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What is the basic difference between the two forms of personal bankruptcy?

Fitch Ratings—one of the three major credit rating agencies in the United States—recently released a report predicting that the total number of personal bankruptcy filings will significantly decrease in 2014. The report notes that the number of filings is currently 12 percent lower than last year, and that the number of bankruptcies is expected to be less than one million. If so, that would be the first time in seven years.

What exactly is causing the increase? It’s hard to say, but naturally the unemployment rate and the overall state of the economy are connected to the number of bankruptcy filings. Consumer spending and debt are also related factors. Nowadays, it seems consumers are generally on a more conservative trend, which means less accumulation of debt and less overall financial stress. 

Chapter 7 and Chapter 13 bankruptcy have different ways of dealing with consumer debt. Whereas Chapter 7 works by liquidating non-exempt assets and using the proceeds to pay off debtors, Chapter 13 works by putting the debtor on a repayment plan appropriate to their circumstances and managing the plan over a three to five year period of time. At the end of both forms of bankruptcy, it is possible to have remaining debt discharged, provided everything is in order. The key is cooperating with the court throughout the process.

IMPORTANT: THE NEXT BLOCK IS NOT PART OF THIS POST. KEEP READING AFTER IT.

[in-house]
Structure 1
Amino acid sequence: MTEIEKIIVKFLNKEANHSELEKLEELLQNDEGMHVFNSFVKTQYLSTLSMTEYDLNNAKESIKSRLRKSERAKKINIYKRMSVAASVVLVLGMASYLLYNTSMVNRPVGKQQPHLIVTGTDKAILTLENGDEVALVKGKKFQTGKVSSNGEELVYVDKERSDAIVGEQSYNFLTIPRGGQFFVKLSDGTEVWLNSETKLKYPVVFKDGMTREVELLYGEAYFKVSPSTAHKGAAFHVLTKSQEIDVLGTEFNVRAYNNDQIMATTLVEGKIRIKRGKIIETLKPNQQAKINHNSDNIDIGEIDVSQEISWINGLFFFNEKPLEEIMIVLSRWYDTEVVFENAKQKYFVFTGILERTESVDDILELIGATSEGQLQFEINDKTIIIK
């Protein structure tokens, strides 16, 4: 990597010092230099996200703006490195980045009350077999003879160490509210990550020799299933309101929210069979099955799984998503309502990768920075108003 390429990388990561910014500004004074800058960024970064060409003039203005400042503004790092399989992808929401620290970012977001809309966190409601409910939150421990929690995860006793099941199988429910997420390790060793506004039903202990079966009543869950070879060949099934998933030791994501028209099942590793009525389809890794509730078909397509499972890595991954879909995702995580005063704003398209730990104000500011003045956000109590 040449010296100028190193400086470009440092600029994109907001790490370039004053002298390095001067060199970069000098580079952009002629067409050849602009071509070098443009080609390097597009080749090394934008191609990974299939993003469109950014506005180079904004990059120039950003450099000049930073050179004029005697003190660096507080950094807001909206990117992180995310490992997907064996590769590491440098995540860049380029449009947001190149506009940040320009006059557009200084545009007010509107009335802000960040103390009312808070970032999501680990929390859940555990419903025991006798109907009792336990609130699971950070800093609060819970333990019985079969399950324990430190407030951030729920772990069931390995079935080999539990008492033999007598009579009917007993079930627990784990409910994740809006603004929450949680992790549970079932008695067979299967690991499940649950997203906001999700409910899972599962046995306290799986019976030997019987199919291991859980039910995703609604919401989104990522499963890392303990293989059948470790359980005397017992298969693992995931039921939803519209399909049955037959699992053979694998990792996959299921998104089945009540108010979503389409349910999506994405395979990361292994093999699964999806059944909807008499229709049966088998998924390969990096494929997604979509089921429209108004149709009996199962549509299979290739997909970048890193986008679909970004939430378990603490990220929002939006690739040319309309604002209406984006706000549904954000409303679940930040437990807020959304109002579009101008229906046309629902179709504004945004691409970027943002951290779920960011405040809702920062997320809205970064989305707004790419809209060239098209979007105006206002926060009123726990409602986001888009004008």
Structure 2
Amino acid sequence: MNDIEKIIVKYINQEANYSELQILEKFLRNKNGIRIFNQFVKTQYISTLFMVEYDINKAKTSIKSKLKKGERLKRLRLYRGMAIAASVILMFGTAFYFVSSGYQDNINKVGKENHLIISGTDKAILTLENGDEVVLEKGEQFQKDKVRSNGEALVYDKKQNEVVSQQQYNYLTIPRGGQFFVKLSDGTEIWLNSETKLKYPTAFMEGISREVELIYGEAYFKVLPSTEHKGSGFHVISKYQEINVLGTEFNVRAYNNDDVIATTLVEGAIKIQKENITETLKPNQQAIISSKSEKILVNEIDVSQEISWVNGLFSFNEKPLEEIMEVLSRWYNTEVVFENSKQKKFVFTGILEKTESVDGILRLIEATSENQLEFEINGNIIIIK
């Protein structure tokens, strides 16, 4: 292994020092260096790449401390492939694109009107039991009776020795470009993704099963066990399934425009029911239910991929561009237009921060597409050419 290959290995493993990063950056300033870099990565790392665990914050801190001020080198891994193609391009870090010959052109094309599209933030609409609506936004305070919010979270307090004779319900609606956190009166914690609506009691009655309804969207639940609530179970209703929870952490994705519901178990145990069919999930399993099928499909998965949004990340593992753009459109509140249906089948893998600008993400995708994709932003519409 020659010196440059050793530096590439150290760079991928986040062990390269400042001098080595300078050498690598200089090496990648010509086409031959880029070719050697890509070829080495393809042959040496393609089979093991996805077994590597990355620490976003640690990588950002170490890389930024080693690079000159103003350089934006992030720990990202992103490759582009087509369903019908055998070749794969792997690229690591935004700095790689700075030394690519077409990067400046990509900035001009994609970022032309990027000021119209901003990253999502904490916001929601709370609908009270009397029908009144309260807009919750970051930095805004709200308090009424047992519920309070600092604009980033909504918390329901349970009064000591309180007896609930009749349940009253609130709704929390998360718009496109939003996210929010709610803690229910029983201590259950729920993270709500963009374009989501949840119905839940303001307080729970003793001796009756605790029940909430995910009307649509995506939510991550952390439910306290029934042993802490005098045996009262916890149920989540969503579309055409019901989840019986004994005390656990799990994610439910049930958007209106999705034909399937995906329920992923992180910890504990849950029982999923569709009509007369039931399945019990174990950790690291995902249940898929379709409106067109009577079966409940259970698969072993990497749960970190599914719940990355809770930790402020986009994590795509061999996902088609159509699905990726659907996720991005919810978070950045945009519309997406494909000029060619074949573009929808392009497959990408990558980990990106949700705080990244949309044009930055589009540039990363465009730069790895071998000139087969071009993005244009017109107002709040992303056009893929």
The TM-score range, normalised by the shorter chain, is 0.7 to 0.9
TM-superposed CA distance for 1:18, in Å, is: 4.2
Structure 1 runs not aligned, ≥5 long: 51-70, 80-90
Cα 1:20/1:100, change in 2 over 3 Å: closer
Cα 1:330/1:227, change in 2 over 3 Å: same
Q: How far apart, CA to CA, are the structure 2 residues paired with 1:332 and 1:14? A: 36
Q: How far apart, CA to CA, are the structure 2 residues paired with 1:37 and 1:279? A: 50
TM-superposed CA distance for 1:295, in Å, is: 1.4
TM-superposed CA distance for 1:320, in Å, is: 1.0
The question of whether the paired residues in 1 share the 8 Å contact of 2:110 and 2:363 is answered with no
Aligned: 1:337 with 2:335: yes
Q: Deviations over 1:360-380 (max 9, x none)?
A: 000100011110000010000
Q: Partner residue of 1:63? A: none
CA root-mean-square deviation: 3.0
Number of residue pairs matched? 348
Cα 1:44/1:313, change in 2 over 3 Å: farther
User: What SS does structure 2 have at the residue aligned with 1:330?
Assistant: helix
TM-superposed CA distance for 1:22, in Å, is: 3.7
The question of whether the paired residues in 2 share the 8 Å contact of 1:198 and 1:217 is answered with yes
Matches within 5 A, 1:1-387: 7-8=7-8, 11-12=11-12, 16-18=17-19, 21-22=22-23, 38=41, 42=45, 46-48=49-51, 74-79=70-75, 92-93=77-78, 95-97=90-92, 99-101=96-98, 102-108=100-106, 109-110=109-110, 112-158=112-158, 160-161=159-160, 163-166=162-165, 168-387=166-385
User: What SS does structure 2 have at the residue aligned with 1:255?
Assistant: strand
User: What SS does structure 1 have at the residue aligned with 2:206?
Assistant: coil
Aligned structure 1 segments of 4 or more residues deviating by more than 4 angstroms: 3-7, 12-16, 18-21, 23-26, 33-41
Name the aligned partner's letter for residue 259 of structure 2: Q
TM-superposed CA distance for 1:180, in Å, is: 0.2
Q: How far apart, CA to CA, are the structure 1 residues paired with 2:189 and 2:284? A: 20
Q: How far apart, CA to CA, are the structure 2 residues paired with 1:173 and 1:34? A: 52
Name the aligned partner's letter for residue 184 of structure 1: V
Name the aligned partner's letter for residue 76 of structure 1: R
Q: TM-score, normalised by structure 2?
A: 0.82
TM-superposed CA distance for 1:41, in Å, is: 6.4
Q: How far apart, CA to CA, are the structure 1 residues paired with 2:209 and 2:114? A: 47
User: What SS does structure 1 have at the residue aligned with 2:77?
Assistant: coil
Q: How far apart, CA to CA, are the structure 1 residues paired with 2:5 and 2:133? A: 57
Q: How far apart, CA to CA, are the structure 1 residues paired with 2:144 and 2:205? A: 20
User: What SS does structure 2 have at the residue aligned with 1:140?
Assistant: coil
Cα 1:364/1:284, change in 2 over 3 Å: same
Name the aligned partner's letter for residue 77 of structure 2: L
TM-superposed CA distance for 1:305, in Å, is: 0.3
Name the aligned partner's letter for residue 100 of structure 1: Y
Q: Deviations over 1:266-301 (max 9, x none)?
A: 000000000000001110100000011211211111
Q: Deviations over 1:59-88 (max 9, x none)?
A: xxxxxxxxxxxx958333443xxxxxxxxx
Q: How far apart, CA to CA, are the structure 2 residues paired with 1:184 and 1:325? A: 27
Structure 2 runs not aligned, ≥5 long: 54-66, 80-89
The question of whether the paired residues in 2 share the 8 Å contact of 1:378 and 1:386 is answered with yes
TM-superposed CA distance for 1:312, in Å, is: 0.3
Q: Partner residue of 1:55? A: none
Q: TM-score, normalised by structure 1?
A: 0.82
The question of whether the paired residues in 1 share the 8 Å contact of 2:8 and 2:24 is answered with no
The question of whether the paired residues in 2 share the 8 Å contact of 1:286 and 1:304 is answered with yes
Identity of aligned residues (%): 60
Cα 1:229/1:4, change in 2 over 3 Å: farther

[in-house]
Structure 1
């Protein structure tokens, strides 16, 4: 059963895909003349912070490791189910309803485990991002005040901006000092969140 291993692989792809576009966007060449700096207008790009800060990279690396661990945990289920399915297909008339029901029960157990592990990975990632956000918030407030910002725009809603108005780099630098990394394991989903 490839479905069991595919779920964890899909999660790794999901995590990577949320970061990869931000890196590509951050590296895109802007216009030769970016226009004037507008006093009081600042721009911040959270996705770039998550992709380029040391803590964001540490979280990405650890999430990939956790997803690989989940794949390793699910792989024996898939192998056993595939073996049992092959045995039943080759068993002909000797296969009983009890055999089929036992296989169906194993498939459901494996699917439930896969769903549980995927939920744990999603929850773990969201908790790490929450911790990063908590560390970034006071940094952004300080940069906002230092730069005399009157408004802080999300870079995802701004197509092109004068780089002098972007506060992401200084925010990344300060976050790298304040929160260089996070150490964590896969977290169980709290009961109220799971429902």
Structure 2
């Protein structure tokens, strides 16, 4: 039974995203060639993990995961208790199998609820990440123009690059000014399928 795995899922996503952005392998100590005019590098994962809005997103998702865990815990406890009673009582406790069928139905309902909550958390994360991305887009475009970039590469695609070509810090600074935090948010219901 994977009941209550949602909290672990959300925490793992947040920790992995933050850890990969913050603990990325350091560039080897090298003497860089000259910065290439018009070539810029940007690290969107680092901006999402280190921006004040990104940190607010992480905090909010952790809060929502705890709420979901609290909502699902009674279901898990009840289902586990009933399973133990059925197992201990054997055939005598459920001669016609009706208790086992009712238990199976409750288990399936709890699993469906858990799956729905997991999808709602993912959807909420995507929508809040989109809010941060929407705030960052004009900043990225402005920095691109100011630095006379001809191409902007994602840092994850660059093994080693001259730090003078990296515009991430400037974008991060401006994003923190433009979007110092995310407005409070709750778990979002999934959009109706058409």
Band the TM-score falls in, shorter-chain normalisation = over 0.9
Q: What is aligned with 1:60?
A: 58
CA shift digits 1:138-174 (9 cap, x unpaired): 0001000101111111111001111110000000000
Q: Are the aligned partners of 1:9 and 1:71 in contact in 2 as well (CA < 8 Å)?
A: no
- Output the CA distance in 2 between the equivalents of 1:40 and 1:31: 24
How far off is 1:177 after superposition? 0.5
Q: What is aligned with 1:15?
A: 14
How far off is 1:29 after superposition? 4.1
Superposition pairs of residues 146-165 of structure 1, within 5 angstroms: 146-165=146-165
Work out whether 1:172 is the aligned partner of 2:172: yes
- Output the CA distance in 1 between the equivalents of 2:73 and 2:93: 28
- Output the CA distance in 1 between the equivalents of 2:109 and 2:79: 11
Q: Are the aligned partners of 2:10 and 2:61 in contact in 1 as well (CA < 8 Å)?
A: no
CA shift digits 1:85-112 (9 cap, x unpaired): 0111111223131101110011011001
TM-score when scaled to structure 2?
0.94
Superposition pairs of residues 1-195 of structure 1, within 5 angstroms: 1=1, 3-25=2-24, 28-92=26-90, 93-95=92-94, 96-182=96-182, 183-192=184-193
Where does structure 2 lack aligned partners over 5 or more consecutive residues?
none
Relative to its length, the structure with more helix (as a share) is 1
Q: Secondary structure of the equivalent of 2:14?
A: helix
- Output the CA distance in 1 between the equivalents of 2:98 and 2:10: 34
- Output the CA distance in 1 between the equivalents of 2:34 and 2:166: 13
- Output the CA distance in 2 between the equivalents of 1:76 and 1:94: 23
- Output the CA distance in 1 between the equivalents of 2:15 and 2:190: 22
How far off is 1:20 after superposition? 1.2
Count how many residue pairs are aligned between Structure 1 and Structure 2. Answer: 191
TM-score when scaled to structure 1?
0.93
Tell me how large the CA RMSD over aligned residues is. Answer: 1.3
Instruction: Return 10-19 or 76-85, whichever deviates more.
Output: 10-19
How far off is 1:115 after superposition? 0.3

Debtors who are interested in learning more about the differences between these two forms of personal bankruptcy can consult the U.S. Courts website or speak with an experienced bankruptcy attorney. Working with an experienced attorney can help make the process of bankruptcy easier to navigate and ensure one’s interests are protected.

Source: Reuters, “Fitch: U.S. Personal Bankruptcy Filings to Drop to Lowest Level in 7 Years,” September 8, 2014. 

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